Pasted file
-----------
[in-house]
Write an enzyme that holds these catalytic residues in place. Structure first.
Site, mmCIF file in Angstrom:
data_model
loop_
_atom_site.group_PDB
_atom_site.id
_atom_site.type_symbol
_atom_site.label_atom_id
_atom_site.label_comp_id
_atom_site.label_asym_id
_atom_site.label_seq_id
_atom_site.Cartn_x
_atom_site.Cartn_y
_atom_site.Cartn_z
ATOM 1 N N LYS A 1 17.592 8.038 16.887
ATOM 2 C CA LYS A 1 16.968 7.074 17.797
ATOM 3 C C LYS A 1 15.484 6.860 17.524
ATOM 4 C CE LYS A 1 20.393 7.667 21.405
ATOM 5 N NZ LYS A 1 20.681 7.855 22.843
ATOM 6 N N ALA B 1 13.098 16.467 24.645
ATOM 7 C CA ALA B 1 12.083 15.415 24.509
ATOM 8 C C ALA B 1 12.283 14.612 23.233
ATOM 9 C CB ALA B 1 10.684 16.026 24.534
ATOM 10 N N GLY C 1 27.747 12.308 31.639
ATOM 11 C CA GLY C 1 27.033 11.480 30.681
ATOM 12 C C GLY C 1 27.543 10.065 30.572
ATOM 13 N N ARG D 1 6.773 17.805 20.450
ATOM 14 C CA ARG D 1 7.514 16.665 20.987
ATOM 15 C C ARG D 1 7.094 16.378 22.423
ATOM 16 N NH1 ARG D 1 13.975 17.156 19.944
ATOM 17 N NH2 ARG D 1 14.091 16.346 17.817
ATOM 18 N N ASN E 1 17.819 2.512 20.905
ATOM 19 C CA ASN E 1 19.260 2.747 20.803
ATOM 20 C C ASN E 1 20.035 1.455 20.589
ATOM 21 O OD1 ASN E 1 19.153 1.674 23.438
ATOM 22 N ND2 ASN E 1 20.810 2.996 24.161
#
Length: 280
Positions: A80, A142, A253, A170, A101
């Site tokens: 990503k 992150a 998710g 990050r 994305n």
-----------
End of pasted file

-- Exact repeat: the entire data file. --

[in-house]
Write an enzyme that holds these catalytic residues in place. Structure first.
Site, mmCIF file in Angstrom:
data_model
loop_
_atom_site.group_PDB
_atom_site.id
_atom_site.type_symbol
_atom_site.label_atom_id
_atom_site.label_comp_id
_atom_site.label_asym_id
_atom_site.label_seq_id
_atom_site.Cartn_x
_atom_site.Cartn_y
_atom_site.Cartn_z
ATOM 1 N N LYS A 1 17.592 8.038 16.887
ATOM 2 C CA LYS A 1 16.968 7.074 17.797
ATOM 3 C C LYS A 1 15.484 6.860 17.524
ATOM 4 C CE LYS A 1 20.393 7.667 21.405
ATOM 5 N NZ LYS A 1 20.681 7.855 22.843
ATOM 6 N N ALA B 1 13.098 16.467 24.645
ATOM 7 C CA ALA B 1 12.083 15.415 24.509
ATOM 8 C C ALA B 1 12.283 14.612 23.233
ATOM 9 C CB ALA B 1 10.684 16.026 24.534
ATOM 10 N N GLY C 1 27.747 12.308 31.639
ATOM 11 C CA GLY C 1 27.033 11.480 30.681
ATOM 12 C C GLY C 1 27.543 10.065 30.572
ATOM 13 N N ARG D 1 6.773 17.805 20.450
ATOM 14 C CA ARG D 1 7.514 16.665 20.987
ATOM 15 C C ARG D 1 7.094 16.378 22.423
ATOM 16 N NH1 ARG D 1 13.975 17.156 19.944
ATOM 17 N NH2 ARG D 1 14.091 16.346 17.817
ATOM 18 N N ASN E 1 17.819 2.512 20.905
ATOM 19 C CA ASN E 1 19.260 2.747 20.803
ATOM 20 C C ASN E 1 20.035 1.455 20.589
ATOM 21 O OD1 ASN E 1 19.153 1.674 23.438
ATOM 22 N ND2 ASN E 1 20.810 2.996 24.161
#
Length: 280
Positions: A80, A142, A253, A170, A101
């Site tokens: 990503k 992150a 998710g 990050r 994305n």